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How menswear has evolved over the years

Today's fashion is moving towards fluidity, and prioritising comfort, be it in formal wear or casual wear

French fashion designer Julien Fournie at the 2021 Ballon d'Or France Football award ceremony at the Theatre du Chatelet in Paris. 
French fashion designer Julien Fournie at the 2021 Ballon d'Or France Football award ceremony at the Theatre du Chatelet in Paris.  (AFP)

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Fashion is never just fashion. It is unique to every part of the world, reflecting the time, politics, art and culture of the place it was born in. 

Today's fashion, especially menswear, is moving towards fluidity, blurring the gender lines and prioritising comfort, be it in formal wear or casual wear. 

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To understand how men's clothing became what it is today, we need to take a step back in time. Each decade has had an impact on menswear as we know it today. A major shift in the style sensibility of men’s fashion took place in the 1950s and 1960s. Inspired by the rapid changes in culture post-war, the 50s era saw the introduction of hair quiffs, and T-shirts became increasingly popular. This was a complete shift from the 1940s: since wartime austerity meant restrictions on supply of materials, the world was stuck in a cycle of clothing from the decade before.

The casual wear of the 1950s continue to find space in the current streetstyle: smart casuals with an Elvis Presley-like edge. The decade that feels revolutionary when it comes to menswear was the 1970s, with more flamboyant looks becoming popular and people making extra bold style choices. This was the decade of bellbottoms, sport shoes and disco suits. Colour-blocking trends and bold patterns were all about expressing one's personal style and freedom.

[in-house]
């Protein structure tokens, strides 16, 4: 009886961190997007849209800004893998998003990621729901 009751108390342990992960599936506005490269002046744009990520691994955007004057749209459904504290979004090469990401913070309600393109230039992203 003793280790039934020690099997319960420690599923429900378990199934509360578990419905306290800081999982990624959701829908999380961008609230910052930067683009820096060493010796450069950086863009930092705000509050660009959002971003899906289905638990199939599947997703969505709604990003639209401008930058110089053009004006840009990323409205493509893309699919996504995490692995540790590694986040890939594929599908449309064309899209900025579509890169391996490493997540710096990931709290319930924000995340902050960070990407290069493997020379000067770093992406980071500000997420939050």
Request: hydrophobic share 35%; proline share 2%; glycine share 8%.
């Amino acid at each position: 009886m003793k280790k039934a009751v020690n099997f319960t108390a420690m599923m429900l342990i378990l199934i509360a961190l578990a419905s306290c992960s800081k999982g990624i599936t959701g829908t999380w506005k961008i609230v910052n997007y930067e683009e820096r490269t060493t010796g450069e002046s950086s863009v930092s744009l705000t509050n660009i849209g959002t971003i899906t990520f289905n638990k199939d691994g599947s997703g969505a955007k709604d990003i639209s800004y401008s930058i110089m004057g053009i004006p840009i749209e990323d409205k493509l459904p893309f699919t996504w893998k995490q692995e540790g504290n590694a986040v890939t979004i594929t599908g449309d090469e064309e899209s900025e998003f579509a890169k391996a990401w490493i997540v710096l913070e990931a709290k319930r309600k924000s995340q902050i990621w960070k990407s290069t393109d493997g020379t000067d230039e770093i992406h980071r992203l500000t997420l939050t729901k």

By the 1980s, the world was becoming more brand conscious. Clothes and accessories with big designer names and heavy price tags signified stature and held importance. Hip-hop culture also grew and the youth embraced the Beastie Boys style, wearing baggy shirts, bomber jackets and caps. There were still, however, some elements of the 1960s and 70s styles that remained popular, like skinny ties and big graphic prints, respectively. All in all, the eighties were all about an oversized-relaxed fit. 

The 1990s, an era known for the style idea of being rebellious, fostered some of the most iconic looks. The grunge culture took over, with leather jackets, black denim and knitwear becoming a favourite among the style followers. A lot of 1990s trends are still visible today: baggy jeans, bum-bags, bucket hats, popper pants, even centre-parting hairstyles. Curtains were a thing of the 1990s but now it’s all about messiness and textured hair styled asymmetrically.

During the 2000s, rapper clothing brands become a common trend. And let's not forget those sweatbands that became hugely popular with a crossover appeal. They were the most unathletic way to show that you are athletic. Arguably, this decade had a wider scope for fluidity with clothes. Colours were bold and shapes were alike for all genders—a trend that continues till today.

Fashion for men has almost always been restricted to suits, blazers, pants, shirts and T-shirts. A slow change started taking place in the 2000s, when men started dressing according to their own desire and designers began paying close attention to the need for change in menswear. To a degree, the cause for fashion has always been about how we perceive ourselves, or how we sit with our surrounding culture, class or gender.

With the rise of commercial and editorial media and the emergence of stylists, we are seeing more experimental looks among men. In the present day, there isn’t a linear narrative for menswear, there is universe of stories with each look. But two themes rule: comfort and wearing clothes that your heart desires.

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Rahi Chadda is a model and a fashion content creator.


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